During the last quarter of the 20th century, the work of Adolfo Schlosser (Leitersdorf, Austria, 1939 - Madrid, 2004) becomes highly important to the Spanish art scene. Although born in Austria, Schlosser settles in Spain in the mid-sixties, where he lives until his death. He is fully involved in a generation that represents a shift in plastic arts in Spain, with his contribution to the wave of new approaches in the field of sculpture particularly relevant - he receives official recognition from the Premio Nacional de Artes plásticas (National Prize for the Plastic Arts) in 1991.
The son of a ceramicist, Schlosser's career is defined by his education in painting at the Graz School, and sculpture at the Academy of Fine Arts Vienna. During this period his interests move back and forth between the plastic arts and literature as throughout his life he also produces numerous literary texts. At 19 years of age he travels to Iceland, where he lives for four years, an experience that influences his subsequent artistic development; the references to Nordic culture and the world of high seas fishing frequently feature in his work. In 1996 he settles in Spain, where he starts to channel all of his concerns into artistic expression.
Following early forays into geometric language, Schlosser puts forward his own vocabulary with a profound connection to nature. The most salient aspect of this period is the recovery of sculpture as his main form of expression. His growing interest in space and tension leads him to experiment with materials such as plastics, methacrylate, rope and rubber bands; however, in the years that follow he moves towards divergent forms and materials as he begins to experiment with organic materials directly extracted from nature. He uses them to build simple, direct, fragile and tangible pieces in which the dichotomy between nature and culture is formed through the interplay of tensions.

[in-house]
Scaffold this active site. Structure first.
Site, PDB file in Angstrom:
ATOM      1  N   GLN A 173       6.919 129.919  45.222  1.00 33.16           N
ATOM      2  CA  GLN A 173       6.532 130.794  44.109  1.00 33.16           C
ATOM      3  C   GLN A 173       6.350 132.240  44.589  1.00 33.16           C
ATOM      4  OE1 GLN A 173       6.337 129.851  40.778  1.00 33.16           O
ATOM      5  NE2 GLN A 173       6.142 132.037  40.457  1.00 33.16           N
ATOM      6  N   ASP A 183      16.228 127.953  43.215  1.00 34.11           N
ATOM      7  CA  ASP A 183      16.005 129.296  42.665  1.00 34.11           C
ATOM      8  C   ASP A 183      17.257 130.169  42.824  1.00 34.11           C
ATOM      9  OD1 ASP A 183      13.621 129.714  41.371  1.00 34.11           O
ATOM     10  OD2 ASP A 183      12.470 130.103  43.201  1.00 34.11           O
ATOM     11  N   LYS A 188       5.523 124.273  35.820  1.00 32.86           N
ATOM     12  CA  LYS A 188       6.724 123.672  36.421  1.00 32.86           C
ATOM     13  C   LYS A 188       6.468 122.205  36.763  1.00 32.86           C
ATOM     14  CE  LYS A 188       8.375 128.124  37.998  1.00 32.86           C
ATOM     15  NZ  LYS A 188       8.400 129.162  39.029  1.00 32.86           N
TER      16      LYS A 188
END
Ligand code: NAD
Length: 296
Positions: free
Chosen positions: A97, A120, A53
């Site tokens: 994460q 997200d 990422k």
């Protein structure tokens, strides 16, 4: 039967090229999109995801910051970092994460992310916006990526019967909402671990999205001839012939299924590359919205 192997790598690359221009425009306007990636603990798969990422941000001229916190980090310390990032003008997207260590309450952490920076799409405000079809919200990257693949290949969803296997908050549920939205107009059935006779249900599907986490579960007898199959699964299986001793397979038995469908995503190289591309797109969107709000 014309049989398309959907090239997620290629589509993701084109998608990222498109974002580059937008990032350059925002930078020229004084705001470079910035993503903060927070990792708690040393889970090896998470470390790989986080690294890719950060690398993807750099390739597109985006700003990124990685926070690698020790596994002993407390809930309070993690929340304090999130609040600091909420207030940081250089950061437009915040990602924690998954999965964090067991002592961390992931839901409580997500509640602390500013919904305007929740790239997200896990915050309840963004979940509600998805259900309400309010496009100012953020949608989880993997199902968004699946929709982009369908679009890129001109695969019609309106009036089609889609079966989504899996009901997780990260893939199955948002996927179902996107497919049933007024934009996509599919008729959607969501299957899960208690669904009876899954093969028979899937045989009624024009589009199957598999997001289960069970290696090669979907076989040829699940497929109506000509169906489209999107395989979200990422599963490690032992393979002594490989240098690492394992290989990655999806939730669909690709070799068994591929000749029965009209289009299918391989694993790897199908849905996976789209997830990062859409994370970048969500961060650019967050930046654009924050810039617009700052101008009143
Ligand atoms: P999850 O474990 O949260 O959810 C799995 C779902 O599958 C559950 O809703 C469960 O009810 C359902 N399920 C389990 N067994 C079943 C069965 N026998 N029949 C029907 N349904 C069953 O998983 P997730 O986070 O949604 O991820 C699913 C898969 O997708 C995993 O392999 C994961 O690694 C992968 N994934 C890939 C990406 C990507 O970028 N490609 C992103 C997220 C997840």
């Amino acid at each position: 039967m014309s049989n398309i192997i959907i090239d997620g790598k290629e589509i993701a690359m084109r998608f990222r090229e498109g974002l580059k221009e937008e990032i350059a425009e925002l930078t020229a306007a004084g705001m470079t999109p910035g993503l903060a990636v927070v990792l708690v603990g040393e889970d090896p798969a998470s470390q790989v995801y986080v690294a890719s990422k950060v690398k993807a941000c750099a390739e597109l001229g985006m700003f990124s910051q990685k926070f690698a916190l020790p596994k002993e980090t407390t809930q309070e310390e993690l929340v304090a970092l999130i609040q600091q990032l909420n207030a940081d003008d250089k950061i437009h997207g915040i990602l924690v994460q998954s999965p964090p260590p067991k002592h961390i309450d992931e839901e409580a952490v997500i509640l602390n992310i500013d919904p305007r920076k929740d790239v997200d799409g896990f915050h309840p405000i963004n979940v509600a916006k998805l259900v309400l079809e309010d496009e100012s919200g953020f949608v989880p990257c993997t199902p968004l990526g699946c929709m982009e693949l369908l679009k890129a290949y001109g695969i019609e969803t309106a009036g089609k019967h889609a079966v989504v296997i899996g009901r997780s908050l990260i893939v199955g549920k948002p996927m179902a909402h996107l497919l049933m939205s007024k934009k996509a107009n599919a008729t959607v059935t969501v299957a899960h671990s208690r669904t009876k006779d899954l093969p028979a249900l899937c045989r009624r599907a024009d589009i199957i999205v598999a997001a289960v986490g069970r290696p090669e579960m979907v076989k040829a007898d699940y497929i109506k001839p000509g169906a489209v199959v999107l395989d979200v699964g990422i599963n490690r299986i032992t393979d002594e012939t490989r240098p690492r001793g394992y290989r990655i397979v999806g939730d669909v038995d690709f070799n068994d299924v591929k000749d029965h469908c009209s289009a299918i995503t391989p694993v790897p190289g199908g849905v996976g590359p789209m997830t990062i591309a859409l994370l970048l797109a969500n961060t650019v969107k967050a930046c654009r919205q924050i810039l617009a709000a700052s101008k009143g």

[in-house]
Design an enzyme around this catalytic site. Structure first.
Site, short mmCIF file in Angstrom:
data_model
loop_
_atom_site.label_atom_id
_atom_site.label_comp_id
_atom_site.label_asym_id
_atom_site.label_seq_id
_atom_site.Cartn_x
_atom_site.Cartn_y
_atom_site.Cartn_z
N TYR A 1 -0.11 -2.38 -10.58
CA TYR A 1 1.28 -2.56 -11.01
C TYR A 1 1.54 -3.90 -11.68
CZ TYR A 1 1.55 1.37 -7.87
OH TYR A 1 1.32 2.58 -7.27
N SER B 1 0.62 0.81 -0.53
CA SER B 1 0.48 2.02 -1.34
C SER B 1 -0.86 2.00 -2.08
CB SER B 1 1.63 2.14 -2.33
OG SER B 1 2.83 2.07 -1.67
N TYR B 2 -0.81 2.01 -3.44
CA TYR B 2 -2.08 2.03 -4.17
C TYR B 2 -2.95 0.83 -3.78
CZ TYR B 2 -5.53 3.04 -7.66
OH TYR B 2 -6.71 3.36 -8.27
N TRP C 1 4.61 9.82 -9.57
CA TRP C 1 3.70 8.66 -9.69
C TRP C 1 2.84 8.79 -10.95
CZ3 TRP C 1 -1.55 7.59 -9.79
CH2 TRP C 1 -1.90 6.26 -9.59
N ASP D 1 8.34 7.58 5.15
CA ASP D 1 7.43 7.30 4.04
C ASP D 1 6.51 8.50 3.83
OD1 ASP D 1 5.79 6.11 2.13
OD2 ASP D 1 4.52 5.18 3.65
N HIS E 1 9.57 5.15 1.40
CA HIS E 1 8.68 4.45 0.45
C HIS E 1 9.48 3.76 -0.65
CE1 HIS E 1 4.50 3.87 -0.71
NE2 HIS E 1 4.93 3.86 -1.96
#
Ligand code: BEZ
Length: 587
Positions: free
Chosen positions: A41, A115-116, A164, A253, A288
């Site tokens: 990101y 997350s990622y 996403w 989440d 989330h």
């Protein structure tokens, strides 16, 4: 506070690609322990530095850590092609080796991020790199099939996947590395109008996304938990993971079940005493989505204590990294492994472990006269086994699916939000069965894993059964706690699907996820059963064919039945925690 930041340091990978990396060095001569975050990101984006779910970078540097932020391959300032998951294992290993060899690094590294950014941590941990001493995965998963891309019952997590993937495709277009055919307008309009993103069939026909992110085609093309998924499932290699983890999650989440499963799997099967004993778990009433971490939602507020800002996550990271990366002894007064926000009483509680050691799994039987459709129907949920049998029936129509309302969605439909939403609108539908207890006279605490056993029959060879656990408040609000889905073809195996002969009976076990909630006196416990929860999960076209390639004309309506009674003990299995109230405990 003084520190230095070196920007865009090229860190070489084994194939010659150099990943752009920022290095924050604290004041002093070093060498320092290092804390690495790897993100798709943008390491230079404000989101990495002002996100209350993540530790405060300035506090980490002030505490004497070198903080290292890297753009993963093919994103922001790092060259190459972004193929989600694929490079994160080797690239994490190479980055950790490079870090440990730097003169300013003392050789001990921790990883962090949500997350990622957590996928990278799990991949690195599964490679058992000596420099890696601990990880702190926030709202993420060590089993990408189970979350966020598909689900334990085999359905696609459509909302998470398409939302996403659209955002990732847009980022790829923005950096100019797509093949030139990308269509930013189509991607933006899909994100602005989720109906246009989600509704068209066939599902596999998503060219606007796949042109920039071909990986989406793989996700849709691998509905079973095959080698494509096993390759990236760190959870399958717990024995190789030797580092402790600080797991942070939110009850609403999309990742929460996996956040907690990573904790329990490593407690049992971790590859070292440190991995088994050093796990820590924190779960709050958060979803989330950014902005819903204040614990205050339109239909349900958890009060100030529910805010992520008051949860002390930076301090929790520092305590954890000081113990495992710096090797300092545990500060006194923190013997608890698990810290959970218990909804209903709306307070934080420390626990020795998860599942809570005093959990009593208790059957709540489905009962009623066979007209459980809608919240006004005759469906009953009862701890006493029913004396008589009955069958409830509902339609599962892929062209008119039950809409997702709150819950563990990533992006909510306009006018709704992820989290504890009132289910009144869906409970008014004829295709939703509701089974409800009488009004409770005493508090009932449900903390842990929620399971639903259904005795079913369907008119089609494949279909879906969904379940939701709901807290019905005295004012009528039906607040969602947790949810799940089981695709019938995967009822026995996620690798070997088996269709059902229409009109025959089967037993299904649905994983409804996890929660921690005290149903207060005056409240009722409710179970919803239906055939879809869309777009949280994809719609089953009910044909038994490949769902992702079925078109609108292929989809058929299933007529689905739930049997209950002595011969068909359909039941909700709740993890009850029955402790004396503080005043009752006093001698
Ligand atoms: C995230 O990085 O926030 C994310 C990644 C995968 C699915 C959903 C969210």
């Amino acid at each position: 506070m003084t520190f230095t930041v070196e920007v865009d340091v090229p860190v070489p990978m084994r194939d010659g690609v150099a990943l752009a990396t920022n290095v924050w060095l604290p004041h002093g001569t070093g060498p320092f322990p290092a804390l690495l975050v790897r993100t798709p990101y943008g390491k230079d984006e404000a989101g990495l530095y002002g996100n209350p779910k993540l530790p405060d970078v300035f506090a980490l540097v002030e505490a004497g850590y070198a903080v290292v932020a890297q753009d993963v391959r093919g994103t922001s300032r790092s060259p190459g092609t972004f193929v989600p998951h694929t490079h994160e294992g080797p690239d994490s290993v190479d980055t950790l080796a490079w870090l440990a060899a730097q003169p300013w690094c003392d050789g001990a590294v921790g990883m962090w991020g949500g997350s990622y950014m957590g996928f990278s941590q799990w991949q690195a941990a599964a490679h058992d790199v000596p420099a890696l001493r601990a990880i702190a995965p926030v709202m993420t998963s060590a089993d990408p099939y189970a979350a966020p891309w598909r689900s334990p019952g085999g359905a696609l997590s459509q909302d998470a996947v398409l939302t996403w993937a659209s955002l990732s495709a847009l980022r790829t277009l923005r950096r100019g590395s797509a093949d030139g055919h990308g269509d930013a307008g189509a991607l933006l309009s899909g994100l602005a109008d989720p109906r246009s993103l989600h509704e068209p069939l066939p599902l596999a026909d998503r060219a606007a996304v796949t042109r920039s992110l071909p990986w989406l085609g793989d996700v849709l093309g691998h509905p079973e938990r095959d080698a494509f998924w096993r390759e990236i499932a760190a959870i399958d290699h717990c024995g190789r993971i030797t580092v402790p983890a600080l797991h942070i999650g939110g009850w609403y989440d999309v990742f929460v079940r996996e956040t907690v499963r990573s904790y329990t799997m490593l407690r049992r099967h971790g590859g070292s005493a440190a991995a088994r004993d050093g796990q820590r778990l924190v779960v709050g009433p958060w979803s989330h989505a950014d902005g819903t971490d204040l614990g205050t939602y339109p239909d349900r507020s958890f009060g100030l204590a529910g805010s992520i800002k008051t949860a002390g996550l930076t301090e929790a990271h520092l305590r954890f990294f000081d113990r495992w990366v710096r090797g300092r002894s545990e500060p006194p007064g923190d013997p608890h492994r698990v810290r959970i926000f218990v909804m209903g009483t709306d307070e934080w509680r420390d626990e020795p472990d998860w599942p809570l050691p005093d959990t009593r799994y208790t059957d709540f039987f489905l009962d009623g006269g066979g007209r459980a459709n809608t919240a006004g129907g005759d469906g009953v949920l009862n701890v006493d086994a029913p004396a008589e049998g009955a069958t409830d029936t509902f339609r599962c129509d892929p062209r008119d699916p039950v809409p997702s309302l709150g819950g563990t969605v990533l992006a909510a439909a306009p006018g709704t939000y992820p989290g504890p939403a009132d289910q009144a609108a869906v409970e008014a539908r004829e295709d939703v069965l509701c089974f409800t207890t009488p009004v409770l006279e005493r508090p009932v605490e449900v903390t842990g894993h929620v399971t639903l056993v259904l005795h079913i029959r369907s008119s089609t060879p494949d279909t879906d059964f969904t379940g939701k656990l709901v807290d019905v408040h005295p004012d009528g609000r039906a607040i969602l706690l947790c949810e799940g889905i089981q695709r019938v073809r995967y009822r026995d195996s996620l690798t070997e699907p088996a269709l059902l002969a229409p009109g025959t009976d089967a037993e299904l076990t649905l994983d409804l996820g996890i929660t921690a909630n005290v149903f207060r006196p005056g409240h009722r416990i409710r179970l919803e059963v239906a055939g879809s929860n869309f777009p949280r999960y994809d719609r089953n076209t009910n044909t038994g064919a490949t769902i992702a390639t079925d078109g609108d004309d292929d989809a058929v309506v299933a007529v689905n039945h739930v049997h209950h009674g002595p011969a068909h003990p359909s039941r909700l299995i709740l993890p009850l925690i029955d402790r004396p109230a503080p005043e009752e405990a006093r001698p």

This exhibition examines the artist's evolution and displays his sculptural work, together with his work on paper, early tapestries, installations and photographic material, recreating some of the activities he takes centre stage in. It also includes his literary output, displayed via an edition of unpublished poems and radio scripts.